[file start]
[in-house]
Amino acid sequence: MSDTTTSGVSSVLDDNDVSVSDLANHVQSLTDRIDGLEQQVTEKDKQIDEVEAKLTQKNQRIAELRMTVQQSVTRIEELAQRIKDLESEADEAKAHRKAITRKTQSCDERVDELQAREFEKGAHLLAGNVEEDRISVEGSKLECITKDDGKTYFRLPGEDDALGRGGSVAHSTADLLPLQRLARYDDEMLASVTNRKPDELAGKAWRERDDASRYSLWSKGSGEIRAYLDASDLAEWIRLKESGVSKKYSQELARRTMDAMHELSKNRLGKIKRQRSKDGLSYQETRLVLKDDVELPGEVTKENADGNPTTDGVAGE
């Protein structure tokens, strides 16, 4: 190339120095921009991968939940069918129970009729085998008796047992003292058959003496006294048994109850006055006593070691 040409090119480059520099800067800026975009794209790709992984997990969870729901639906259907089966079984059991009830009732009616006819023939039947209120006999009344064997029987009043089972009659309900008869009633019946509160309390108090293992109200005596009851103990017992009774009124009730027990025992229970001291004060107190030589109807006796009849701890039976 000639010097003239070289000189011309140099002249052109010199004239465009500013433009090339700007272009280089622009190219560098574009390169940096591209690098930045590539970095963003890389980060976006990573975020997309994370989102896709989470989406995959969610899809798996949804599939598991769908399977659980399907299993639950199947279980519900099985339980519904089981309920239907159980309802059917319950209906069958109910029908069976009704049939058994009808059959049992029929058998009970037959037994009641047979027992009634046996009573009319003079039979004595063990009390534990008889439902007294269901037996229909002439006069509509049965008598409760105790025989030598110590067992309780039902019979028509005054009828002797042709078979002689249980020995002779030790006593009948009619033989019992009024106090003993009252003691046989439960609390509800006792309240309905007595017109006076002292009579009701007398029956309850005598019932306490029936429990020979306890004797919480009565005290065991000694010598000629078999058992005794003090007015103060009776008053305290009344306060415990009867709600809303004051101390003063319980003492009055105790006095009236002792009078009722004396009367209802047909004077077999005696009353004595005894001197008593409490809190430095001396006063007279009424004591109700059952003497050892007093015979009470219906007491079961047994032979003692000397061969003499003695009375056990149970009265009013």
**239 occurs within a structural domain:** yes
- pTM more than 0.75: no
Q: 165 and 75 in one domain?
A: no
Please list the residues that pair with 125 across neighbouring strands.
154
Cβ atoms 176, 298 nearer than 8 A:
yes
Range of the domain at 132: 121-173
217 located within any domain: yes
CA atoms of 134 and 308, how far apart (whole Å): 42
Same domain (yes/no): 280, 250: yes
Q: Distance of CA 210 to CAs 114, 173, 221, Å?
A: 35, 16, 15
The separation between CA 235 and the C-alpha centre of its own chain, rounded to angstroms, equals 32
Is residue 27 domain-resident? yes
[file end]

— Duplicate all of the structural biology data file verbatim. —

[in-house]
Amino acid sequence: MSDTTTSGVSSVLDDNDVSVSDLANHVQSLTDRIDGLEQQVTEKDKQIDEVEAKLTQKNQRIAELRMTVQQSVTRIEELAQRIKDLESEADEAKAHRKAITRKTQSCDERVDELQAREFEKGAHLLAGNVEEDRISVEGSKLECITKDDGKTYFRLPGEDDALGRGGSVAHSTADLLPLQRLARYDDEMLASVTNRKPDELAGKAWRERDDASRYSLWSKGSGEIRAYLDASDLAEWIRLKESGVSKKYSQELARRTMDAMHELSKNRLGKIKRQRSKDGLSYQETRLVLKDDVELPGEVTKENADGNPTTDGVAGE
């Protein structure tokens, strides 16, 4: 190339120095921009991968939940069918129970009729085998008796047992003292058959003496006294048994109850006055006593070691 040409090119480059520099800067800026975009794209790709992984997990969870729901639906259907089966079984059991009830009732009616006819023939039947209120006999009344064997029987009043089972009659309900008869009633019946509160309390108090293992109200005596009851103990017992009774009124009730027990025992229970001291004060107190030589109807006796009849701890039976 000639010097003239070289000189011309140099002249052109010199004239465009500013433009090339700007272009280089622009190219560098574009390169940096591209690098930045590539970095963003890389980060976006990573975020997309994370989102896709989470989406995959969610899809798996949804599939598991769908399977659980399907299993639950199947279980519900099985339980519904089981309920239907159980309802059917319950209906069958109910029908069976009704049939058994009808059959049992029929058998009970037959037994009641047979027992009634046996009573009319003079039979004595063990009390534990008889439902007294269901037996229909002439006069509509049965008598409760105790025989030598110590067992309780039902019979028509005054009828002797042709078979002689249980020995002779030790006593009948009619033989019992009024106090003993009252003691046989439960609390509800006792309240309905007595017109006076002292009579009701007398029956309850005598019932306490029936429990020979306890004797919480009565005290065991000694010598000629078999058992005794003090007015103060009776008053305290009344306060415990009867709600809303004051101390003063319980003492009055105790006095009236002792009078009722004396009367209802047909004077077999005696009353004595005894001197008593409490809190430095001396006063007279009424004591109700059952003497050892007093015979009470219906007491079961047994032979003692000397061969003499003695009375056990149970009265009013």
**239 occurs within a structural domain:** yes
- pTM more than 0.75: no
Q: 165 and 75 in one domain?
A: no
Please list the residues that pair with 125 across neighbouring strands.
154
Cβ atoms 176, 298 nearer than 8 A:
yes
Range of the domain at 132: 121-173
217 located within any domain: yes
CA atoms of 134 and 308, how far apart (whole Å): 42
Same domain (yes/no): 280, 250: yes
Q: Distance of CA 210 to CAs 114, 173, 221, Å?
A: 35, 16, 15
The separation between CA 235 and the C-alpha centre of its own chain, rounded to angstroms, equals 32
Is residue 27 domain-resident? yes